As Australia looks beyond its disastrous World Cup semi-final to the looming Ashes series, assistant coach Ricky Ponting believes his team was defeated by the eventual one-day champions.
Ponting has told cricket.com.au that England is in the box seat to defeat New Zealand in Sunday night’s final (AEST) and it could make the Ashes an even more challenging assignment.
Australia’s shock loss in Thursday’s semi-final has prompted some soul-searching in the Australian camp, although Ponting said the hosts were always going to be tough to beat.
“I had them as the favourites coming in, nothing changes now,” Ponting told cricket.com.au. “New Zealand have done amazingly well to get into the final and well done to them.
“Two consecutive World Cup finals is an awesome achievement for that group and they’ll have some experiences to take out of that last final, whereas none of the England players have played in a final before.
“That being said, I think there’s just a bit too much class in this England side for them not to win.”
That confidence has been banished from the England squad though, with coach Trevor Bayliss saying he would be taking nothing for granted against the in-form New Zealanders.
“There is going to be a lot of noise around ‘you guys are the favourites’ but we can’t listen to any of that,” he told the BBC.
“We have just got to concentrate on the way we have gone about our cricket over the past four years and what has got us to this point.
“We have to go through our process. If we do that, we know we will play good cricket and the opposition will have to play even better to beat us.”
New Zealand’s hopes rest on another strong showing from skipper Kane Williamson who has been their top scorer in four of eight World Cup matches.
Meanwhile, Australian coach Justin Langer has turned his attention to the Ashes with the prospect of a strong fast-bowling outfit setting the team up for the ultimate success.
Australia’s multi-format players have been given a week off to recover from the one-day campaign, with most getting away from cricket. But less than three weeks out from the first Test at Edgbaston on August 1, Langer’s mind won’t stop ticking.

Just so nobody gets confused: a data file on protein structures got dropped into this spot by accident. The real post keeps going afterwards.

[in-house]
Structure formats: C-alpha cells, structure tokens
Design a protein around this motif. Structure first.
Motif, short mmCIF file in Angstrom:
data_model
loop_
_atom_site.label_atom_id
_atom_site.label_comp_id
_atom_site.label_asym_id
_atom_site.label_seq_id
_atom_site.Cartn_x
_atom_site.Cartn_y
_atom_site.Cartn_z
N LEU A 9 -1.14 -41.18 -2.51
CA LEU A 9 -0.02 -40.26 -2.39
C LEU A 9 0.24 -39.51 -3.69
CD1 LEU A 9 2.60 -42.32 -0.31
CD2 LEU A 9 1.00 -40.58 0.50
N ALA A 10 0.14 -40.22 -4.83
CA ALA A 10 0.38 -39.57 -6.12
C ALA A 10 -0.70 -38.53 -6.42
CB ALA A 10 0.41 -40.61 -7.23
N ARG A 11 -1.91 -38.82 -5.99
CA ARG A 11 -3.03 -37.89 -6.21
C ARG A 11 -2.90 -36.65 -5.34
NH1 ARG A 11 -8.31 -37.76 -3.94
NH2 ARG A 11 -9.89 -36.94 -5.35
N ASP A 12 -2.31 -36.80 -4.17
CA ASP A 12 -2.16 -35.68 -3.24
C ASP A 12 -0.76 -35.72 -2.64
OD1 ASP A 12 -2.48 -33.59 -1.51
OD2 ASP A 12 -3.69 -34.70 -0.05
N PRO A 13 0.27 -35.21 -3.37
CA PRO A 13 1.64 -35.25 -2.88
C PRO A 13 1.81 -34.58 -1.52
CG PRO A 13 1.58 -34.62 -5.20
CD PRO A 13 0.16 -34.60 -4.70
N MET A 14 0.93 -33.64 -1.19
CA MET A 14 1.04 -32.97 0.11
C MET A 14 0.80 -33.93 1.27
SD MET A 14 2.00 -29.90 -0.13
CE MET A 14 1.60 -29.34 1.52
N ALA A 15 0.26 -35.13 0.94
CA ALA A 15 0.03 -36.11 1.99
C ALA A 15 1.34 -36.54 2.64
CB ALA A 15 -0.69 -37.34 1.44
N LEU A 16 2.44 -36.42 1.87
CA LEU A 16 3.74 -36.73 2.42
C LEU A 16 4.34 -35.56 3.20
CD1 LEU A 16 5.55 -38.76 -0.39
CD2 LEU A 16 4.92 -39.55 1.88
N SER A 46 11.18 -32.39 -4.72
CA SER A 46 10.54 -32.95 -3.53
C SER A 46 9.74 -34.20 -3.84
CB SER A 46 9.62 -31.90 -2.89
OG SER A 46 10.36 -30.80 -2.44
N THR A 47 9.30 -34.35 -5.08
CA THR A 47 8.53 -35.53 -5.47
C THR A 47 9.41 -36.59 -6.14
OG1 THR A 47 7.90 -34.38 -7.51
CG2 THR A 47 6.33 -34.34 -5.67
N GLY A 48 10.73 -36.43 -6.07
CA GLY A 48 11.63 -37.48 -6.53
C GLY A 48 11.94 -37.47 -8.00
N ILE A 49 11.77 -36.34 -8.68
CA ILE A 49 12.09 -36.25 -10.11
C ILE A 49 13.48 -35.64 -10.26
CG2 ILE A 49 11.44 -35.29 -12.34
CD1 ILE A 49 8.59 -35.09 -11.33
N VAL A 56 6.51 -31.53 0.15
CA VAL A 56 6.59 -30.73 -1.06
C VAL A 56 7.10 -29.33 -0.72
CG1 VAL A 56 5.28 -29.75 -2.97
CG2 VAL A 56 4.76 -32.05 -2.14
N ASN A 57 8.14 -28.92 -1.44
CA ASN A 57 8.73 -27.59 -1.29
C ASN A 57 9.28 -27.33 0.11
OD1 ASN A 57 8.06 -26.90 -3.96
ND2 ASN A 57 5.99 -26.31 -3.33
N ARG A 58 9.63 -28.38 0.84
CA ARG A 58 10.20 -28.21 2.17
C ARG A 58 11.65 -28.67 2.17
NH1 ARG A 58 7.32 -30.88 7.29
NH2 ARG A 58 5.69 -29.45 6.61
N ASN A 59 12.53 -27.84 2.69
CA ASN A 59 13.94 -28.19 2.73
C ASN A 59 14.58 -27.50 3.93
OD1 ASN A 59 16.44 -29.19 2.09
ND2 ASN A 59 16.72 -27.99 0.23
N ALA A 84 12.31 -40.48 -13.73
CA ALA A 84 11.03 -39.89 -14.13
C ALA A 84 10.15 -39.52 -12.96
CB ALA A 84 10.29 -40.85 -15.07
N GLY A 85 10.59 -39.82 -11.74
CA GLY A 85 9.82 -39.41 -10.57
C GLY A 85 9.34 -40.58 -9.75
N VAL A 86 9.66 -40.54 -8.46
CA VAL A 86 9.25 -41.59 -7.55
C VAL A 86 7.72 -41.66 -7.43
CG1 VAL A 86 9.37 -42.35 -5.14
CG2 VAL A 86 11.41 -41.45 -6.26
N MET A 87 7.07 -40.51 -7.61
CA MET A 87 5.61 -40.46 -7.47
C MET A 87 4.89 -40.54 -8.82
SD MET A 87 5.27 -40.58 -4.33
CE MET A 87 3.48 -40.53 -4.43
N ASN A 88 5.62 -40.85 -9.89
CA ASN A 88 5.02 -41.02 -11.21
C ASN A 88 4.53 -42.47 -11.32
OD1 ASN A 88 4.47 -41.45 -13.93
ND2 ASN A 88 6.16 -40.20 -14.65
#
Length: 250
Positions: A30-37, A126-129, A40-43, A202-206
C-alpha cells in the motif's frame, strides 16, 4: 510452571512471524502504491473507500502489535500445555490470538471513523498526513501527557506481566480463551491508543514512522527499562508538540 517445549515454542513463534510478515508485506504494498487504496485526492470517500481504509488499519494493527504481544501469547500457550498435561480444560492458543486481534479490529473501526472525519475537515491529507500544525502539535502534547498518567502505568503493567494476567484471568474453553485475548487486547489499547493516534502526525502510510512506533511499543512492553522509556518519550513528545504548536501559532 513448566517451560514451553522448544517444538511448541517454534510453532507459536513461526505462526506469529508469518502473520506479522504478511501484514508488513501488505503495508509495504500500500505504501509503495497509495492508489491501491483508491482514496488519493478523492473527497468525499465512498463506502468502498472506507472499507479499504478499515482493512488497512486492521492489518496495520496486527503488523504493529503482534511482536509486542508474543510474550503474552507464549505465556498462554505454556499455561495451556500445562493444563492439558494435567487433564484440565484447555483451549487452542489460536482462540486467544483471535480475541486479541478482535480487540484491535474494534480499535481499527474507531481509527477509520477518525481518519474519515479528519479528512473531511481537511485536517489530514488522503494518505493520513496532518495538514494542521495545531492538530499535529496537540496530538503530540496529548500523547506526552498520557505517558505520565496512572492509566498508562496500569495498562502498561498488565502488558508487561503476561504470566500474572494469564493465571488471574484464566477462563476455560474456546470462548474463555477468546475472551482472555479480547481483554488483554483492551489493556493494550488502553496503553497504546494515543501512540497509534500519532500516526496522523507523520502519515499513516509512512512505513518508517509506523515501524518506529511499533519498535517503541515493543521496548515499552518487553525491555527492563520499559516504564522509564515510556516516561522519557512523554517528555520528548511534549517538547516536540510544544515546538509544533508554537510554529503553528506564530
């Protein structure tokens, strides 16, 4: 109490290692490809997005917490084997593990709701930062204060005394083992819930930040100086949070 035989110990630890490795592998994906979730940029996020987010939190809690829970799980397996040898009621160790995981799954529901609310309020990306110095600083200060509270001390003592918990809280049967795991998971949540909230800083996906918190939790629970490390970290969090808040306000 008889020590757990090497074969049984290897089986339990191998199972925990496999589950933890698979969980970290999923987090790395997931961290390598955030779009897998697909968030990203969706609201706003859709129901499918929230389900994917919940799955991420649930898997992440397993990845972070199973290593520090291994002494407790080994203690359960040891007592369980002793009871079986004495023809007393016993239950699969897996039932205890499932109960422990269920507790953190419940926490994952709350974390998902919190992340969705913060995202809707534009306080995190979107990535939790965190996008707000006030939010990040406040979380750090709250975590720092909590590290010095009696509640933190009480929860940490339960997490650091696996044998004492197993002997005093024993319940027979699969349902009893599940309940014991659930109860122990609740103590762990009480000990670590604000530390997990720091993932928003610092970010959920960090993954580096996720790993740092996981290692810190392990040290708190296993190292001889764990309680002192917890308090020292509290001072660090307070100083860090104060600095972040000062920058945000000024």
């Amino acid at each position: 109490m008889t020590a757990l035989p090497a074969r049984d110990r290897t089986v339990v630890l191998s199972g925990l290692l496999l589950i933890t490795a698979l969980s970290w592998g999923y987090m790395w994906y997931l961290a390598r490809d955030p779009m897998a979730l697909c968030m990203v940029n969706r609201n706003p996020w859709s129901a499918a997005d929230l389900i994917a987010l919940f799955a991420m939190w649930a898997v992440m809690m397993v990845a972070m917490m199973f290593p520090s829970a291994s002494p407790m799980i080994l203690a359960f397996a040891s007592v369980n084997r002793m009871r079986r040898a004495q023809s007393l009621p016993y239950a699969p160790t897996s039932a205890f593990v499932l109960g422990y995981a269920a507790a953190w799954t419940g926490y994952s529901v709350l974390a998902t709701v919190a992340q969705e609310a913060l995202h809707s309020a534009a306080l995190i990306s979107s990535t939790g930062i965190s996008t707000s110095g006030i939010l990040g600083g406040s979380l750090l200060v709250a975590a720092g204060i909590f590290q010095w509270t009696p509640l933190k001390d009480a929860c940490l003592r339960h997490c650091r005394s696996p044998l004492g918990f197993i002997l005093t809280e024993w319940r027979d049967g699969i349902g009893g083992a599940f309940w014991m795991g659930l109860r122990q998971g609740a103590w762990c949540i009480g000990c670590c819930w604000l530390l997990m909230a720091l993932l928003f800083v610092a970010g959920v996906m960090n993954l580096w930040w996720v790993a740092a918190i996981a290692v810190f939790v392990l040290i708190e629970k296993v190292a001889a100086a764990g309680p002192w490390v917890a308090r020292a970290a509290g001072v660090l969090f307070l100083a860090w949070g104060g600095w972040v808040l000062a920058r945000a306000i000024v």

Australia is in pursuit of their first Ashes series win on English soil since 2001, a tour which Langer began as a No.3 batsman and ended as opener alongside Matthew Hayden.
“I’ve had my heart set on July 14 (the World Cup final) for probably 12 months,” Langer said.
“We got to July 11, we fell a few days short. That’s disappointing. We would have liked to be there. We’d rather be in England’s (position). But we have to turn to it now.
We know this has been an unprecedented time in Australian cricket, a World Cup and then an Ashes.
“We’ll dust ourselves off, recharge our batteries, there will probably be six or seven guys (from the World Cup squad) who will be in the Ashes as well.
“We need to recharge and then start a whole new campaign. We’ll take some lessons out of this but it’s another big campaign.”
Langer was unsure what impact an England win or loss in Sunday’s World Cup final against New Zealand would have on their Ashes campaign. But he knows what he has in his stocks.
This series will mark the first time in their international careers that quicks Mitchell Starc, Josh Hazlewood, Pat Cummins and James Pattinson are all fit and available at the same time.
Jhye Richardson could also still feature, with the West Australian quick understood to be fit to return to cricket for a tour match between the first and second Tests.
Starc, Cummins and Hazlewood are considered the favourites for August 1, but Pattinson took seven wickets in Australia A’s opening red-ball tour match while Hazlewood took none.
Australia A play again against the England Lions in a four-day match starting Sunday, before the 22-man all-Australia match in Southampton on July 23.
“It’s nice to have them all fit,” Langer said. “For the Ashes we have a number of very good players who are up and running which is good.
“Jhye Richardson, who is a very exciting talent, he’ll come back into the fold at some stage.
“We’ve got lots of bowling talent in Australia. The key is to keep them fit and healthy. And if we do that we’ll always be competitive.”